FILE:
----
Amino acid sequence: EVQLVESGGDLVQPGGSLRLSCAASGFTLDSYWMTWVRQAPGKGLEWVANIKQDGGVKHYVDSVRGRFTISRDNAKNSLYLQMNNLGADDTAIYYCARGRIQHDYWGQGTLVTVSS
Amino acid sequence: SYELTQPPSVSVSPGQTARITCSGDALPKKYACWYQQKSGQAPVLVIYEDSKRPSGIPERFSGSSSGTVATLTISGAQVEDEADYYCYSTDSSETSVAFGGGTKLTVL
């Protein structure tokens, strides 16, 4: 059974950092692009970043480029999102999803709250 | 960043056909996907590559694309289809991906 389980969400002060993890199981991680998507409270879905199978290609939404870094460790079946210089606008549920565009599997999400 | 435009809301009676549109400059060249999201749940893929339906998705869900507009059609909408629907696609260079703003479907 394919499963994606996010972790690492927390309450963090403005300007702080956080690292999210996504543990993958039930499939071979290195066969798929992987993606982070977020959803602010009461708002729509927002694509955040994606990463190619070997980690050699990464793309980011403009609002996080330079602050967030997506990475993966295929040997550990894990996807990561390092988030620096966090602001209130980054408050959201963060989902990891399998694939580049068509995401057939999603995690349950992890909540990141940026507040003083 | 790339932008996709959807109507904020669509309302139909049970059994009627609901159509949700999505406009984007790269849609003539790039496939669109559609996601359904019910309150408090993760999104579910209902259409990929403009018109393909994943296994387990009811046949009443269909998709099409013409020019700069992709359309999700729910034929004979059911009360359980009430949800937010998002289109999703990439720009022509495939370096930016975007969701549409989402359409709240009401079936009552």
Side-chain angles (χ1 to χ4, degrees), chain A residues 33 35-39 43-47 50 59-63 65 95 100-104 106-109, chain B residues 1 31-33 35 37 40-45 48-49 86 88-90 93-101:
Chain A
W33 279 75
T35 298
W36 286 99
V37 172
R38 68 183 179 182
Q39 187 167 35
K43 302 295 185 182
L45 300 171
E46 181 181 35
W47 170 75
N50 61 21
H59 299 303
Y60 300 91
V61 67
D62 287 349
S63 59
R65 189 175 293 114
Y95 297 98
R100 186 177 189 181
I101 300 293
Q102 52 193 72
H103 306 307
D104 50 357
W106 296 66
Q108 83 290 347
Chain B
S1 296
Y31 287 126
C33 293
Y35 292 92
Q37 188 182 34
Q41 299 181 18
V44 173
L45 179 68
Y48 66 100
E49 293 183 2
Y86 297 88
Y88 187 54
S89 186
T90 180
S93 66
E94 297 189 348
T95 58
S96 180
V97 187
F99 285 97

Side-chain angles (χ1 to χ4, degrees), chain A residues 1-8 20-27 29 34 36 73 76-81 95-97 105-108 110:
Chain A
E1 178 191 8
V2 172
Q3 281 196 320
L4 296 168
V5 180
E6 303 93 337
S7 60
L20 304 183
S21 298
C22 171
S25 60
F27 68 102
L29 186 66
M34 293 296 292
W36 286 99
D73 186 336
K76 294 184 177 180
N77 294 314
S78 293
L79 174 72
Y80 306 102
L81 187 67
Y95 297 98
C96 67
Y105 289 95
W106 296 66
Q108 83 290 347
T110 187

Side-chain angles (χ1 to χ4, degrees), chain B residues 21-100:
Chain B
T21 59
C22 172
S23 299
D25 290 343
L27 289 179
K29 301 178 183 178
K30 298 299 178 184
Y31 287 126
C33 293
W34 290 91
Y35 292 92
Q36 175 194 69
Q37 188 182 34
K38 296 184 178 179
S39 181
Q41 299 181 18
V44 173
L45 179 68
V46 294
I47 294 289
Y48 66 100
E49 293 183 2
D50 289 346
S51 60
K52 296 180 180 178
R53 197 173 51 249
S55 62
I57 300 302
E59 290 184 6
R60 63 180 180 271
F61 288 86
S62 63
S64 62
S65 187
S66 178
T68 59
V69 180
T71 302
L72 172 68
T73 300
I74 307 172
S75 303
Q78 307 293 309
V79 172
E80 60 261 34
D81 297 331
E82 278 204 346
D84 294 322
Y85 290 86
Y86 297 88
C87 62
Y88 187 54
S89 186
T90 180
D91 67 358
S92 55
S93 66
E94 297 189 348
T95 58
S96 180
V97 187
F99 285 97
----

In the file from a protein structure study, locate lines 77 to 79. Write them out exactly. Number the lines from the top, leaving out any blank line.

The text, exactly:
C96 67
Y105 289 95
W106 296 66